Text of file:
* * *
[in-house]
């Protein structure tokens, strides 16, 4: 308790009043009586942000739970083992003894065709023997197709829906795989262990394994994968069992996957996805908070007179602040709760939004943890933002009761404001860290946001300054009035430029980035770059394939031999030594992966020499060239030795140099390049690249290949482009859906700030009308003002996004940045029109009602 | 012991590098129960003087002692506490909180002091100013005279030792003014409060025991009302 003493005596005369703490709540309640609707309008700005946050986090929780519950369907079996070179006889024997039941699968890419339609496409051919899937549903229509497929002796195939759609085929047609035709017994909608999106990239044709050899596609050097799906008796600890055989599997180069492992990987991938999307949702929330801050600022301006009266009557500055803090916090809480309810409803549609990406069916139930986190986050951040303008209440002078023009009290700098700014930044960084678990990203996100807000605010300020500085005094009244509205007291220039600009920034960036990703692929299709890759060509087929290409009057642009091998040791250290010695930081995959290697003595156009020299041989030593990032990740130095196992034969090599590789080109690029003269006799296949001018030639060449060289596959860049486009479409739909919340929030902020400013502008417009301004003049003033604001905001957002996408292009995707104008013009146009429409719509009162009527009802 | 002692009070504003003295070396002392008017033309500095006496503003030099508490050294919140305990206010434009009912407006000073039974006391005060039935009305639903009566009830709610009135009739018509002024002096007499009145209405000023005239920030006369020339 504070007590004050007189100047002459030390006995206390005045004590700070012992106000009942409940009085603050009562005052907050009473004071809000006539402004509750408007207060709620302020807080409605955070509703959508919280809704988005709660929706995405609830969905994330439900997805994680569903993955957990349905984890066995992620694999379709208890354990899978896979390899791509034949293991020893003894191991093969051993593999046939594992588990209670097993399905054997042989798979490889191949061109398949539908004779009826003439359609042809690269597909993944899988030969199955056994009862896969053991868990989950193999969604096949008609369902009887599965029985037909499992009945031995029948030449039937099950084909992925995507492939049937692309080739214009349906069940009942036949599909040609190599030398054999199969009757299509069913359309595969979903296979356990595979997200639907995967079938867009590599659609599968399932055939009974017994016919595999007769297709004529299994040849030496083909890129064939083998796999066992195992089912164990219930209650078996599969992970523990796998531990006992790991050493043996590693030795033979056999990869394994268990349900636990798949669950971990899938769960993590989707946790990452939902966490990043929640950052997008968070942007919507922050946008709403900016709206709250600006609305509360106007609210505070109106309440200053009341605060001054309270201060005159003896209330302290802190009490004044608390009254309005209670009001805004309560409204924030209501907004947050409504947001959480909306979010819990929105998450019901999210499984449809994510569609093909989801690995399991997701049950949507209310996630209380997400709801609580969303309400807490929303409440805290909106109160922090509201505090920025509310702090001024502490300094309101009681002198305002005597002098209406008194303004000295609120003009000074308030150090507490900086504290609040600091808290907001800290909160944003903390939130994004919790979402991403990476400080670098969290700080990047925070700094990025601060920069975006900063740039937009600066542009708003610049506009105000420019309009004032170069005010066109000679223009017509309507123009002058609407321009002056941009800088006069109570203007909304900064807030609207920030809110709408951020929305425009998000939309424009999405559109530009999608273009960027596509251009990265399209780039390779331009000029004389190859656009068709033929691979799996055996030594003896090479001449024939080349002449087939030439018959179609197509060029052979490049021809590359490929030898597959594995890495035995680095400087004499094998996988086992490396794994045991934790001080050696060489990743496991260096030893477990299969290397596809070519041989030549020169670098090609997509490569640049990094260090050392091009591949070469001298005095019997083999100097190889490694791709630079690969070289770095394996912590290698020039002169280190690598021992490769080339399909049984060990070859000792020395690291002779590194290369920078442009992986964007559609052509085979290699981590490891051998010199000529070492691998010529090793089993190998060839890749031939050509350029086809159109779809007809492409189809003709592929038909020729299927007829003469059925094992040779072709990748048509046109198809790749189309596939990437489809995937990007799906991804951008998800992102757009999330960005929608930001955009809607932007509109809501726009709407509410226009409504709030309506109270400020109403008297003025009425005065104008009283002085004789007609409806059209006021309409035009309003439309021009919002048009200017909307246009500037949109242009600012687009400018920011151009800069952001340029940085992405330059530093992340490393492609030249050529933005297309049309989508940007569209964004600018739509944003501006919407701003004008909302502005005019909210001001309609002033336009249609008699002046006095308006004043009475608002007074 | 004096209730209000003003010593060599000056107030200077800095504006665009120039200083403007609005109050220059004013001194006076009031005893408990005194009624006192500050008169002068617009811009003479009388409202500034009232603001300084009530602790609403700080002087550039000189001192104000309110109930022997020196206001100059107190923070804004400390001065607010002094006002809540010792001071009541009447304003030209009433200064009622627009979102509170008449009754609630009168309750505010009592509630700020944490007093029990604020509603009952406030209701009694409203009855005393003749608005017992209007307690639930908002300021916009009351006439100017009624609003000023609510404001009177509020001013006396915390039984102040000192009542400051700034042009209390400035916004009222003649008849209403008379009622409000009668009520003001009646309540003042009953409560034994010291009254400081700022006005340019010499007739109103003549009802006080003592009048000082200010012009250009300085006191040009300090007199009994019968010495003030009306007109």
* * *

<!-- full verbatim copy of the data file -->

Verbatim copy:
[in-house]
């Protein structure tokens, strides 16, 4: 308790009043009586942000739970083992003894065709023997197709829906795989262990394994994968069992996957996805908070007179602040709760939004943890933002009761404001860290946001300054009035430029980035770059394939031999030594992966020499060239030795140099390049690249290949482009859906700030009308003002996004940045029109009602 | 012991590098129960003087002692506490909180002091100013005279030792003014409060025991009302 003493005596005369703490709540309640609707309008700005946050986090929780519950369907079996070179006889024997039941699968890419339609496409051919899937549903229509497929002796195939759609085929047609035709017994909608999106990239044709050899596609050097799906008796600890055989599997180069492992990987991938999307949702929330801050600022301006009266009557500055803090916090809480309810409803549609990406069916139930986190986050951040303008209440002078023009009290700098700014930044960084678990990203996100807000605010300020500085005094009244509205007291220039600009920034960036990703692929299709890759060509087929290409009057642009091998040791250290010695930081995959290697003595156009020299041989030593990032990740130095196992034969090599590789080109690029003269006799296949001018030639060449060289596959860049486009479409739909919340929030902020400013502008417009301004003049003033604001905001957002996408292009995707104008013009146009429409719509009162009527009802 | 002692009070504003003295070396002392008017033309500095006496503003030099508490050294919140305990206010434009009912407006000073039974006391005060039935009305639903009566009830709610009135009739018509002024002096007499009145209405000023005239920030006369020339 504070007590004050007189100047002459030390006995206390005045004590700070012992106000009942409940009085603050009562005052907050009473004071809000006539402004509750408007207060709620302020807080409605955070509703959508919280809704988005709660929706995405609830969905994330439900997805994680569903993955957990349905984890066995992620694999379709208890354990899978896979390899791509034949293991020893003894191991093969051993593999046939594992588990209670097993399905054997042989798979490889191949061109398949539908004779009826003439359609042809690269597909993944899988030969199955056994009862896969053991868990989950193999969604096949008609369902009887599965029985037909499992009945031995029948030449039937099950084909992925995507492939049937692309080739214009349906069940009942036949599909040609190599030398054999199969009757299509069913359309595969979903296979356990595979997200639907995967079938867009590599659609599968399932055939009974017994016919595999007769297709004529299994040849030496083909890129064939083998796999066992195992089912164990219930209650078996599969992970523990796998531990006992790991050493043996590693030795033979056999990869394994268990349900636990798949669950971990899938769960993590989707946790990452939902966490990043929640950052997008968070942007919507922050946008709403900016709206709250600006609305509360106007609210505070109106309440200053009341605060001054309270201060005159003896209330302290802190009490004044608390009254309005209670009001805004309560409204924030209501907004947050409504947001959480909306979010819990929105998450019901999210499984449809994510569609093909989801690995399991997701049950949507209310996630209380997400709801609580969303309400807490929303409440805290909106109160922090509201505090920025509310702090001024502490300094309101009681002198305002005597002098209406008194303004000295609120003009000074308030150090507490900086504290609040600091808290907001800290909160944003903390939130994004919790979402991403990476400080670098969290700080990047925070700094990025601060920069975006900063740039937009600066542009708003610049506009105000420019309009004032170069005010066109000679223009017509309507123009002058609407321009002056941009800088006069109570203007909304900064807030609207920030809110709408951020929305425009998000939309424009999405559109530009999608273009960027596509251009990265399209780039390779331009000029004389190859656009068709033929691979799996055996030594003896090479001449024939080349002449087939030439018959179609197509060029052979490049021809590359490929030898597959594995890495035995680095400087004499094998996988086992490396794994045991934790001080050696060489990743496991260096030893477990299969290397596809070519041989030549020169670098090609997509490569640049990094260090050392091009591949070469001298005095019997083999100097190889490694791709630079690969070289770095394996912590290698020039002169280190690598021992490769080339399909049984060990070859000792020395690291002779590194290369920078442009992986964007559609052509085979290699981590490891051998010199000529070492691998010529090793089993190998060839890749031939050509350029086809159109779809007809492409189809003709592929038909020729299927007829003469059925094992040779072709990748048509046109198809790749189309596939990437489809995937990007799906991804951008998800992102757009999330960005929608930001955009809607932007509109809501726009709407509410226009409504709030309506109270400020109403008297003025009425005065104008009283002085004789007609409806059209006021309409035009309003439309021009919002048009200017909307246009500037949109242009600012687009400018920011151009800069952001340029940085992405330059530093992340490393492609030249050529933005297309049309989508940007569209964004600018739509944003501006919407701003004008909302502005005019909210001001309609002033336009249609008699002046006095308006004043009475608002007074 | 004096209730209000003003010593060599000056107030200077800095504006665009120039200083403007609005109050220059004013001194006076009031005893408990005194009624006192500050008169002068617009811009003479009388409202500034009232603001300084009530602790609403700080002087550039000189001192104000309110109930022997020196206001100059107190923070804004400390001065607010002094006002809540010792001071009541009447304003030209009433200064009622627009979102509170008449009754609630009168309750505010009592509630700020944490007093029990604020509603009952406030209701009694409203009855005393003749608005017992209007307690639930908002300021916009009351006439100017009624609003000023609510404001009177509020001013006396915390039984102040000192009542400051700034042009209390400035916004009222003649008849209403008379009622409000009668009520003001009646309540003042009953409560034994010291009254400081700022006005340019010499007739109103003549009802006080003592009048000082200010012009250009300085006191040009300090007199009994019968010495003030009306007109």